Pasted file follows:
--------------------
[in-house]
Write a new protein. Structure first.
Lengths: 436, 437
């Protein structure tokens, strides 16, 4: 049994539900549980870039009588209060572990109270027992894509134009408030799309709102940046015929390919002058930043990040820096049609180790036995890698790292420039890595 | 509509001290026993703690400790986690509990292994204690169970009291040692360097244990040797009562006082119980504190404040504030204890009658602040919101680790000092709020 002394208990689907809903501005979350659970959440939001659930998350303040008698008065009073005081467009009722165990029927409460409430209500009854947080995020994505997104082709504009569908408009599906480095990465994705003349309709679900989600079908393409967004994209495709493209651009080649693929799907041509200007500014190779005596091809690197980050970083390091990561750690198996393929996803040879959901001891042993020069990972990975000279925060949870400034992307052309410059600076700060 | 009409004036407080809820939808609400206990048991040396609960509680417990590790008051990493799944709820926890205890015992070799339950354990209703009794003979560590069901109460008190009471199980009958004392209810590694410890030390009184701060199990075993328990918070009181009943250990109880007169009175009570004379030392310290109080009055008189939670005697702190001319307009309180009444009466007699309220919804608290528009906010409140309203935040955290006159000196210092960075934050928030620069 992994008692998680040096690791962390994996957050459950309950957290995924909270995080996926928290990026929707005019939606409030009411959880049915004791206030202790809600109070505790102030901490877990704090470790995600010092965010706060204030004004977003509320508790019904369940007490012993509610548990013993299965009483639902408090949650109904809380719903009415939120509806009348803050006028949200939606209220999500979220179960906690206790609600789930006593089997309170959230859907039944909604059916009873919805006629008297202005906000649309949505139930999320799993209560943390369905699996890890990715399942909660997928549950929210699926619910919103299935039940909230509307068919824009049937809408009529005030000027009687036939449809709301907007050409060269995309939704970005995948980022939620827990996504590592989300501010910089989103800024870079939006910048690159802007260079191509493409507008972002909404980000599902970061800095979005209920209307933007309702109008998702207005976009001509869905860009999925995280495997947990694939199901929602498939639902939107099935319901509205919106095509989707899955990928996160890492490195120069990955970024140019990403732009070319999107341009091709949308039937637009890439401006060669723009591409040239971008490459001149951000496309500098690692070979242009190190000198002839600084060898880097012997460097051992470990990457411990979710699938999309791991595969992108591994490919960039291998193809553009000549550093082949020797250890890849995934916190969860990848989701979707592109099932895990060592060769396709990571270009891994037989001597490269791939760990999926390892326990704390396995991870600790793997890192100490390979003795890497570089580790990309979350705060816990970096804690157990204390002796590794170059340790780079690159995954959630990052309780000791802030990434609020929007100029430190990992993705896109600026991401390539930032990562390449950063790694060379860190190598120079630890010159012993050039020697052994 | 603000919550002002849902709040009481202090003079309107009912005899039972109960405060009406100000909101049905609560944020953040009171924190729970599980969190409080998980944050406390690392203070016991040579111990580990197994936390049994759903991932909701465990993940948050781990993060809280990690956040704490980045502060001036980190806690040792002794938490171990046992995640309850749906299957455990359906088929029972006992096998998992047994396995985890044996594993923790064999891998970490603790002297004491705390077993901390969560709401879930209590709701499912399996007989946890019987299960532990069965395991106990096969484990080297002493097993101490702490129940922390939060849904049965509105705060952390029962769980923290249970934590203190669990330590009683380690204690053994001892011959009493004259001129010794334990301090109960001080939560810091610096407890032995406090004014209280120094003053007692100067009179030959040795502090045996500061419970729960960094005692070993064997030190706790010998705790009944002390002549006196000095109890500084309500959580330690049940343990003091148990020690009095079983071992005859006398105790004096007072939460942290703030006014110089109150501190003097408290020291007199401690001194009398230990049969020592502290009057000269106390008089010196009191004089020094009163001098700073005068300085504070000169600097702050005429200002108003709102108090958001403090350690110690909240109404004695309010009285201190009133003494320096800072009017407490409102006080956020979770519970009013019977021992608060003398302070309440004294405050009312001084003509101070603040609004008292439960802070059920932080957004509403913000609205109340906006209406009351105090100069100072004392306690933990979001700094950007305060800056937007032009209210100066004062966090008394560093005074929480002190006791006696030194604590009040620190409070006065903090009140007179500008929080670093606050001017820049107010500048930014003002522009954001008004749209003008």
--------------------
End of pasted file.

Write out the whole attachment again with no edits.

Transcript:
[in-house]
Write a new protein. Structure first.
Lengths: 436, 437
């Protein structure tokens, strides 16, 4: 049994539900549980870039009588209060572990109270027992894509134009408030799309709102940046015929390919002058930043990040820096049609180790036995890698790292420039890595 | 509509001290026993703690400790986690509990292994204690169970009291040692360097244990040797009562006082119980504190404040504030204890009658602040919101680790000092709020 002394208990689907809903501005979350659970959440939001659930998350303040008698008065009073005081467009009722165990029927409460409430209500009854947080995020994505997104082709504009569908408009599906480095990465994705003349309709679900989600079908393409967004994209495709493209651009080649693929799907041509200007500014190779005596091809690197980050970083390091990561750690198996393929996803040879959901001891042993020069990972990975000279925060949870400034992307052309410059600076700060 | 009409004036407080809820939808609400206990048991040396609960509680417990590790008051990493799944709820926890205890015992070799339950354990209703009794003979560590069901109460008190009471199980009958004392209810590694410890030390009184701060199990075993328990918070009181009943250990109880007169009175009570004379030392310290109080009055008189939670005697702190001319307009309180009444009466007699309220919804608290528009906010409140309203935040955290006159000196210092960075934050928030620069 992994008692998680040096690791962390994996957050459950309950957290995924909270995080996926928290990026929707005019939606409030009411959880049915004791206030202790809600109070505790102030901490877990704090470790995600010092965010706060204030004004977003509320508790019904369940007490012993509610548990013993299965009483639902408090949650109904809380719903009415939120509806009348803050006028949200939606209220999500979220179960906690206790609600789930006593089997309170959230859907039944909604059916009873919805006629008297202005906000649309949505139930999320799993209560943390369905699996890890990715399942909660997928549950929210699926619910919103299935039940909230509307068919824009049937809408009529005030000027009687036939449809709301907007050409060269995309939704970005995948980022939620827990996504590592989300501010910089989103800024870079939006910048690159802007260079191509493409507008972002909404980000599902970061800095979005209920209307933007309702109008998702207005976009001509869905860009999925995280495997947990694939199901929602498939639902939107099935319901509205919106095509989707899955990928996160890492490195120069990955970024140019990403732009070319999107341009091709949308039937637009890439401006060669723009591409040239971008490459001149951000496309500098690692070979242009190190000198002839600084060898880097012997460097051992470990990457411990979710699938999309791991595969992108591994490919960039291998193809553009000549550093082949020797250890890849995934916190969860990848989701979707592109099932895990060592060769396709990571270009891994037989001597490269791939760990999926390892326990704390396995991870600790793997890192100490390979003795890497570089580790990309979350705060816990970096804690157990204390002796590794170059340790780079690159995954959630990052309780000791802030990434609020929007100029430190990992993705896109600026991401390539930032990562390449950063790694060379860190190598120079630890010159012993050039020697052994 | 603000919550002002849902709040009481202090003079309107009912005899039972109960405060009406100000909101049905609560944020953040009171924190729970599980969190409080998980944050406390690392203070016991040579111990580990197994936390049994759903991932909701465990993940948050781990993060809280990690956040704490980045502060001036980190806690040792002794938490171990046992995640309850749906299957455990359906088929029972006992096998998992047994396995985890044996594993923790064999891998970490603790002297004491705390077993901390969560709401879930209590709701499912399996007989946890019987299960532990069965395991106990096969484990080297002493097993101490702490129940922390939060849904049965509105705060952390029962769980923290249970934590203190669990330590009683380690204690053994001892011959009493004259001129010794334990301090109960001080939560810091610096407890032995406090004014209280120094003053007692100067009179030959040795502090045996500061419970729960960094005692070993064997030190706790010998705790009944002390002549006196000095109890500084309500959580330690049940343990003091148990020690009095079983071992005859006398105790004096007072939460942290703030006014110089109150501190003097408290020291007199401690001194009398230990049969020592502290009057000269106390008089010196009191004089020094009163001098700073005068300085504070000169600097702050005429200002108003709102108090958001403090350690110690909240109404004695309010009285201190009133003494320096800072009017407490409102006080956020979770519970009013019977021992608060003398302070309440004294405050009312001084003509101070603040609004008292439960802070059920932080957004509403913000609205109340906006209406009351105090100069100072004392306690933990979001700094950007305060800056937007032009209210100066004062966090008394560093005074929480002190006791006696030194604590009040620190409070006065903090009140007179500008929080670093606050001017820049107010500048930014003002522009954001008004749209003008």